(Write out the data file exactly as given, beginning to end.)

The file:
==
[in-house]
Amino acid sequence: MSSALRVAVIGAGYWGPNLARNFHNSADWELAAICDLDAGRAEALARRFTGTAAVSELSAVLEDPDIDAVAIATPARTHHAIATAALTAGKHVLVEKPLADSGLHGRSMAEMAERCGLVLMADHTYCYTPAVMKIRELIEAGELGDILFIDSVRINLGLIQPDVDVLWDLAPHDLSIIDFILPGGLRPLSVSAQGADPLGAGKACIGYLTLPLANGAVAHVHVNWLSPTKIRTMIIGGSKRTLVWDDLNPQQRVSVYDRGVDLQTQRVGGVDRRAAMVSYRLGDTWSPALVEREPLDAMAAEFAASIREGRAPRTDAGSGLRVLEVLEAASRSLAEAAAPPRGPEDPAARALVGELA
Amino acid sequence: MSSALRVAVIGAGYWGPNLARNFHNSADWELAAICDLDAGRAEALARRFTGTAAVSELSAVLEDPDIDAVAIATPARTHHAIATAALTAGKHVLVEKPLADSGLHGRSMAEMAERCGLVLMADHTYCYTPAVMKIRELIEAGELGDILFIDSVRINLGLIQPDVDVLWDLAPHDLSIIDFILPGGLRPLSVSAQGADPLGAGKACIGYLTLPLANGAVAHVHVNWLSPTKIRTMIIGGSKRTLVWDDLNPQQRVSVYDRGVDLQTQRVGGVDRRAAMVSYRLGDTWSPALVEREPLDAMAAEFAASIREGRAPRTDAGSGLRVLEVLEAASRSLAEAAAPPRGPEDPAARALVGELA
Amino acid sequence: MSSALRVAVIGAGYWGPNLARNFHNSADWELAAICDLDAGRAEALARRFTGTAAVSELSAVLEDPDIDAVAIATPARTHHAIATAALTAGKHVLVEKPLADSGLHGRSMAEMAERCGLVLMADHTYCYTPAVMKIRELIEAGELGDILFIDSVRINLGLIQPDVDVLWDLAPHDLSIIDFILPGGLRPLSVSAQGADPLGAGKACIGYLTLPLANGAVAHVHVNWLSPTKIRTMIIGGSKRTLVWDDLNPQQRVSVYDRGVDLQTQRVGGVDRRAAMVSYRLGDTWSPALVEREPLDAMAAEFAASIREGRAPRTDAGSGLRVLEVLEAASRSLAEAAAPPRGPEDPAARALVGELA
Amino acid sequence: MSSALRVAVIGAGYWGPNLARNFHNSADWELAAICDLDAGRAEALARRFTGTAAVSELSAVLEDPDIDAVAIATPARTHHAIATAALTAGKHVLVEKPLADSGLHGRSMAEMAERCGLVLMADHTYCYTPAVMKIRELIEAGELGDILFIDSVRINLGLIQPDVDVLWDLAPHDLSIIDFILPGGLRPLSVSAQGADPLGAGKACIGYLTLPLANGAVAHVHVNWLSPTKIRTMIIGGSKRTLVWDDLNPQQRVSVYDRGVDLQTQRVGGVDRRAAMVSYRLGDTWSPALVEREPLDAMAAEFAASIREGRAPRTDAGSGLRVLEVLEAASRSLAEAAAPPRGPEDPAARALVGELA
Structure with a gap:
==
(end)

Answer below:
[in-house]
Amino acid sequence: MSSALRVAVIGAGYWGPNLARNFHNSADWELAAICDLDAGRAEALARRFTGTAAVSELSAVLEDPDIDAVAIATPARTHHAIATAALTAGKHVLVEKPLADSGLHGRSMAEMAERCGLVLMADHTYCYTPAVMKIRELIEAGELGDILFIDSVRINLGLIQPDVDVLWDLAPHDLSIIDFILPGGLRPLSVSAQGADPLGAGKACIGYLTLPLANGAVAHVHVNWLSPTKIRTMIIGGSKRTLVWDDLNPQQRVSVYDRGVDLQTQRVGGVDRRAAMVSYRLGDTWSPALVEREPLDAMAAEFAASIREGRAPRTDAGSGLRVLEVLEAASRSLAEAAAPPRGPEDPAARALVGELA
Amino acid sequence: MSSALRVAVIGAGYWGPNLARNFHNSADWELAAICDLDAGRAEALARRFTGTAAVSELSAVLEDPDIDAVAIATPARTHHAIATAALTAGKHVLVEKPLADSGLHGRSMAEMAERCGLVLMADHTYCYTPAVMKIRELIEAGELGDILFIDSVRINLGLIQPDVDVLWDLAPHDLSIIDFILPGGLRPLSVSAQGADPLGAGKACIGYLTLPLANGAVAHVHVNWLSPTKIRTMIIGGSKRTLVWDDLNPQQRVSVYDRGVDLQTQRVGGVDRRAAMVSYRLGDTWSPALVEREPLDAMAAEFAASIREGRAPRTDAGSGLRVLEVLEAASRSLAEAAAPPRGPEDPAARALVGELA
Amino acid sequence: MSSALRVAVIGAGYWGPNLARNFHNSADWELAAICDLDAGRAEALARRFTGTAAVSELSAVLEDPDIDAVAIATPARTHHAIATAALTAGKHVLVEKPLADSGLHGRSMAEMAERCGLVLMADHTYCYTPAVMKIRELIEAGELGDILFIDSVRINLGLIQPDVDVLWDLAPHDLSIIDFILPGGLRPLSVSAQGADPLGAGKACIGYLTLPLANGAVAHVHVNWLSPTKIRTMIIGGSKRTLVWDDLNPQQRVSVYDRGVDLQTQRVGGVDRRAAMVSYRLGDTWSPALVEREPLDAMAAEFAASIREGRAPRTDAGSGLRVLEVLEAASRSLAEAAAPPRGPEDPAARALVGELA
Amino acid sequence: MSSALRVAVIGAGYWGPNLARNFHNSADWELAAICDLDAGRAEALARRFTGTAAVSELSAVLEDPDIDAVAIATPARTHHAIATAALTAGKHVLVEKPLADSGLHGRSMAEMAERCGLVLMADHTYCYTPAVMKIRELIEAGELGDILFIDSVRINLGLIQPDVDVLWDLAPHDLSIIDFILPGGLRPLSVSAQGADPLGAGKACIGYLTLPLANGAVAHVHVNWLSPTKIRTMIIGGSKRTLVWDDLNPQQRVSVYDRGVDLQTQRVGGVDRRAAMVSYRLGDTWSPALVEREPLDAMAAEFAASIREGRAPRTDAGSGLRVLEVLEAASRSLAEAAAPPRGPEDPAARALVGELA
Structure with a gap: